Madeleine McCann's parents have told of their disappointment after Portugal's highest court threw out their libel case against an ex-detective.
In 2015, Goncalo Amaral was ordered to pay 500,000 euros (£425,000) to Kate and Gerry McCann, of Rothley, Leicestershire, after he implicated them in their daughter's disappearance.
The decision was overturned following an appeal last year.
The McCanns took the case to Portugal's Supreme Court, but it was dismissed.
Madeleine went missing days before her fourth birthday, while on a family holiday in the Algarve in 2007, and has not been seen since.
Mr Amaral had suggested the couple faked her abduction.
While the judges' official ruling is yet to be published, lawyers for Mr and Mrs McCann have been informed of the decision.
According to the Associated Press news agency, a court official said the court had ruled the allegations were protected by freedom of expression laws.
"What we have been told by our lawyers is obviously extremely disappointing," the McCanns said in a statement.
"It is eight years since we brought the action and in that time the landscape has dramatically changed, namely there is now a joint Metropolitan Police-Policia Judiciaria investigation, which is what we've always wanted.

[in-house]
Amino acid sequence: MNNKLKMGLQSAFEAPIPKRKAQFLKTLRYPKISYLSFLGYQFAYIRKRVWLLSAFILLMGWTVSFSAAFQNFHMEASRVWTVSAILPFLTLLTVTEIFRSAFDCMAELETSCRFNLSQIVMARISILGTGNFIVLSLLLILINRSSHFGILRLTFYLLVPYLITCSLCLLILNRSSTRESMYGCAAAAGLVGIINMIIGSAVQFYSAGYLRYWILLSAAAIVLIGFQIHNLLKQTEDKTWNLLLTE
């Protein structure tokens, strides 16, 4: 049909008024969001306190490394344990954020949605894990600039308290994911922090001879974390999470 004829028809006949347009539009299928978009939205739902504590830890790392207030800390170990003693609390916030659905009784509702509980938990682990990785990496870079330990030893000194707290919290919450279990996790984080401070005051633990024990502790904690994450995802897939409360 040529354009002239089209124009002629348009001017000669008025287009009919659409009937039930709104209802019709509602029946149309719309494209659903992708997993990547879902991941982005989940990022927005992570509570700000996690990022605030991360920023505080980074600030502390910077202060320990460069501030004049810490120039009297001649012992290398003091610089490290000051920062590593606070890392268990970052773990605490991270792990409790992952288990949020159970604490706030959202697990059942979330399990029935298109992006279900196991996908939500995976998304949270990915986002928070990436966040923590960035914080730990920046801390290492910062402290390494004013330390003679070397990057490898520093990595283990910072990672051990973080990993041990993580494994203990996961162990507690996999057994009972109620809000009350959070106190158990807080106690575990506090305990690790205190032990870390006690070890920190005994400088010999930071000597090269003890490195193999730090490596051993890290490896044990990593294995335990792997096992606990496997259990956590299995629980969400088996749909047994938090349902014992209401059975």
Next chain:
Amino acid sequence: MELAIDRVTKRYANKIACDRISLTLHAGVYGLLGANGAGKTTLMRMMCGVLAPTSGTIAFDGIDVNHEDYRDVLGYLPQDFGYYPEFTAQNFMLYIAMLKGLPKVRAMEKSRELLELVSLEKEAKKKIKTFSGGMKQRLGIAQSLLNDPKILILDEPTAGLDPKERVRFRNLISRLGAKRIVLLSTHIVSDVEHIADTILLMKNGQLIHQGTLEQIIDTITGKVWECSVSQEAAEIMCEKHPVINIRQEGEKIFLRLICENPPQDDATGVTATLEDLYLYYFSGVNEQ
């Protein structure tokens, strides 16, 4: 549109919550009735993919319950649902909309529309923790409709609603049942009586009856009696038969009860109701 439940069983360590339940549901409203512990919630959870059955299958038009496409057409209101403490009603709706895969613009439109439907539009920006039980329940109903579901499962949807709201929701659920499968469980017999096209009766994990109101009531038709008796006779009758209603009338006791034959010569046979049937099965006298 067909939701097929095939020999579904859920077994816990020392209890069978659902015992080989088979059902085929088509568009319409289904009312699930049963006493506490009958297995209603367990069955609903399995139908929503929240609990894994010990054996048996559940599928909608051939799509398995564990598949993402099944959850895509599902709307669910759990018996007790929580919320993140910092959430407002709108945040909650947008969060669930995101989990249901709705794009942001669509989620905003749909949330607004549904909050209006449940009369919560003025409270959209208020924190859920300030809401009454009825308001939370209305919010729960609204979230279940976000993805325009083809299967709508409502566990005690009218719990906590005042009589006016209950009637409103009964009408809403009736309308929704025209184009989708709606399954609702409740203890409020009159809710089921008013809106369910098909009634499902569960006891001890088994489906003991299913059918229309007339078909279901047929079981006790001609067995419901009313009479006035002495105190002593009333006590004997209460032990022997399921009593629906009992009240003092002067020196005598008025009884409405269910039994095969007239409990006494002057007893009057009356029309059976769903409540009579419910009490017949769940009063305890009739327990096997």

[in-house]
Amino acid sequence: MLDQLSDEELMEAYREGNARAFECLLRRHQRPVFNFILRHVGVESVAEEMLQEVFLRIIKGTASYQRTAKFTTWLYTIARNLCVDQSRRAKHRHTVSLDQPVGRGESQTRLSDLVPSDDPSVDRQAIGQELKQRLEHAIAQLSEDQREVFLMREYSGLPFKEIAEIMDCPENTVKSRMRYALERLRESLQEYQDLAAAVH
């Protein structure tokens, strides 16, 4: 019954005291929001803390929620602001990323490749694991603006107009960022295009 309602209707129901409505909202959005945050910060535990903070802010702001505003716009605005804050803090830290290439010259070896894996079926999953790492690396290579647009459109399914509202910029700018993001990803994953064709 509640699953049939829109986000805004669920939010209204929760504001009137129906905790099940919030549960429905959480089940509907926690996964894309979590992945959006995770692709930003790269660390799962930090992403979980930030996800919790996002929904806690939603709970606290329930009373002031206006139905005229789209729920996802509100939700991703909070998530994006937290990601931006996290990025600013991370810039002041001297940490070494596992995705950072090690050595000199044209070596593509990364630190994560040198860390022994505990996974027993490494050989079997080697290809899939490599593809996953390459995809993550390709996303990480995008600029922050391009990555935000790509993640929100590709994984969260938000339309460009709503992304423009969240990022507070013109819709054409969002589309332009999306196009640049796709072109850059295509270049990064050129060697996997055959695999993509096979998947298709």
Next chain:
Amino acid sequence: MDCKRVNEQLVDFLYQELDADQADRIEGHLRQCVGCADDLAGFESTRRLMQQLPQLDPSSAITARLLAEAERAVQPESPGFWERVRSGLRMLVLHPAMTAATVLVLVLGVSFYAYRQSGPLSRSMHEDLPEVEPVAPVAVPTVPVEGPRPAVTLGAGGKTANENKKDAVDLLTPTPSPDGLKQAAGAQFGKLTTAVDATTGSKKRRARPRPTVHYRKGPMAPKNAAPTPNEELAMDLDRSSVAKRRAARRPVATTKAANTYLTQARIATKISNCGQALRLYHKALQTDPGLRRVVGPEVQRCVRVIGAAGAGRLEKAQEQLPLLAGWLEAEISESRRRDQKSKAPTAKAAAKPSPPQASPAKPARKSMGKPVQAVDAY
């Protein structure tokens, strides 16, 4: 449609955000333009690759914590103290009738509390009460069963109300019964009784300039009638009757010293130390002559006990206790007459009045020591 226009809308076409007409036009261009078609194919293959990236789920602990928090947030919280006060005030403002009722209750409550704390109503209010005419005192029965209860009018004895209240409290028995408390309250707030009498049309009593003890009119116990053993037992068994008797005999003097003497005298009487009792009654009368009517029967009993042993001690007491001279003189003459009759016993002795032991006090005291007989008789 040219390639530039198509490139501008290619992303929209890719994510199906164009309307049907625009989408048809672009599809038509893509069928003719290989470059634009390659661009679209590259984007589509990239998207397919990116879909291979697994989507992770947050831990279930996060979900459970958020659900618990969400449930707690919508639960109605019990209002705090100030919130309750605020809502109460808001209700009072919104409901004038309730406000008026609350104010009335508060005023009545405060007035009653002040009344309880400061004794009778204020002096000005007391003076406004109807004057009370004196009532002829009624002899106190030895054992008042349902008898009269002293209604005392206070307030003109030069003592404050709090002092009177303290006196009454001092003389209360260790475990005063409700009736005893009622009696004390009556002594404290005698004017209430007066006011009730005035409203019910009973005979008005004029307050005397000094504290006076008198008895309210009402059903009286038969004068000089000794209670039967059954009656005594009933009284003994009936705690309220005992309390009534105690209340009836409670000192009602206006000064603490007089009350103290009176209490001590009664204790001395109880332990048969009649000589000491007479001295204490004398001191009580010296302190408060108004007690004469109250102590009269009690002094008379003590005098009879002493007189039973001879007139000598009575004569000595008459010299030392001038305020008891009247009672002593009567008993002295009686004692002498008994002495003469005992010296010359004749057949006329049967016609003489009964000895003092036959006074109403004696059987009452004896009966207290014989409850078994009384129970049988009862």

"The police in both countries continue to work on the basis that there is no evidence that Madeleine has come to physical harm."
Madeleine went missing from her family's holiday apartment in Praia da Luz, on May 3 2007, as her parents dined at a nearby tapas restaurant with friends.
Mr Amaral, who led the initial investigation into Madeleine's disappearance but was taken off the case in October 2007, released his book - In The Truth Of The Lie - three days after Portuguese police closed their investigation the following year.
He later took part in a documentary for Portuguese television in which he claimed Madeleine was dead, there had been no abduction and that the McCanns had hidden her body.
The McCanns have said previously the claims had exacerbated their anguish and discouraged people from coming forward with information.
Scotland Yard started a review of the case in May 2011, after then-Prime Minister David Cameron responded to a plea from the McCanns.